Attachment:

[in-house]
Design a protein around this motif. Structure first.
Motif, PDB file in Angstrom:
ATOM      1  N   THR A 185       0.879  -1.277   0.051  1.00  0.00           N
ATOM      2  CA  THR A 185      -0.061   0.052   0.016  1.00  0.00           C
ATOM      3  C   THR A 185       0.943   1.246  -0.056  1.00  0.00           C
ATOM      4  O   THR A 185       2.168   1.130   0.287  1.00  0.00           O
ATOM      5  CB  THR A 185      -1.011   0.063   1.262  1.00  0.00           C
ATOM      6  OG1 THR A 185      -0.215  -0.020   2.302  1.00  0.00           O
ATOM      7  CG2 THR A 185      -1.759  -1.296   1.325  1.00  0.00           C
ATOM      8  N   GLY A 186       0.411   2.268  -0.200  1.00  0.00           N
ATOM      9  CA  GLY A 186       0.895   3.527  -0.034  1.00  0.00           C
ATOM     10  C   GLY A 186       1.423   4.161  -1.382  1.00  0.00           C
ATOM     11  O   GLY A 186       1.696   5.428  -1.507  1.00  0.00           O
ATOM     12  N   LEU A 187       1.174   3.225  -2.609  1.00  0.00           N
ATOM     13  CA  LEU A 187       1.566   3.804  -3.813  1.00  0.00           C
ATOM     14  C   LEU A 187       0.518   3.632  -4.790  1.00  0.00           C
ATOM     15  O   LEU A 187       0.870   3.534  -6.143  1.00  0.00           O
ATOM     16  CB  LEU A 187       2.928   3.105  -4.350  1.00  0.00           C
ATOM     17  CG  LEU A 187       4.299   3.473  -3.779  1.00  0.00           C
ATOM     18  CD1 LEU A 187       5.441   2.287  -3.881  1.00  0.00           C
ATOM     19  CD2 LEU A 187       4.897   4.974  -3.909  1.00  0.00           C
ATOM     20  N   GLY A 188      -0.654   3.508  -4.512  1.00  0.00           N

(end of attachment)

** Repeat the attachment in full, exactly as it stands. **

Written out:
[in-house]
Design a protein around this motif. Structure first.
Motif, PDB file in Angstrom:
ATOM      1  N   THR A 185       0.879  -1.277   0.051  1.00  0.00           N
ATOM      2  CA  THR A 185      -0.061   0.052   0.016  1.00  0.00           C
ATOM      3  C   THR A 185       0.943   1.246  -0.056  1.00  0.00           C
ATOM      4  O   THR A 185       2.168   1.130   0.287  1.00  0.00           O
ATOM      5  CB  THR A 185      -1.011   0.063   1.262  1.00  0.00           C
ATOM      6  OG1 THR A 185      -0.215  -0.020   2.302  1.00  0.00           O
ATOM      7  CG2 THR A 185      -1.759  -1.296   1.325  1.00  0.00           C
ATOM      8  N   GLY A 186       0.411   2.268  -0.200  1.00  0.00           N
ATOM      9  CA  GLY A 186       0.895   3.527  -0.034  1.00  0.00           C
ATOM     10  C   GLY A 186       1.423   4.161  -1.382  1.00  0.00           C
ATOM     11  O   GLY A 186       1.696   5.428  -1.507  1.00  0.00           O
ATOM     12  N   LEU A 187       1.174   3.225  -2.609  1.00  0.00           N
ATOM     13  CA  LEU A 187       1.566   3.804  -3.813  1.00  0.00           C
ATOM     14  C   LEU A 187       0.518   3.632  -4.790  1.00  0.00           C
ATOM     15  O   LEU A 187       0.870   3.534  -6.143  1.00  0.00           O
ATOM     16  CB  LEU A 187       2.928   3.105  -4.350  1.00  0.00           C
ATOM     17  CG  LEU A 187       4.299   3.473  -3.779  1.00  0.00           C
ATOM     18  CD1 LEU A 187       5.441   2.287  -3.881  1.00  0.00           C
ATOM     19  CD2 LEU A 187       4.897   4.974  -3.909  1.00  0.00           C
ATOM     20  N   GLY A 188      -0.654   3.508  -4.512  1.00  0.00           N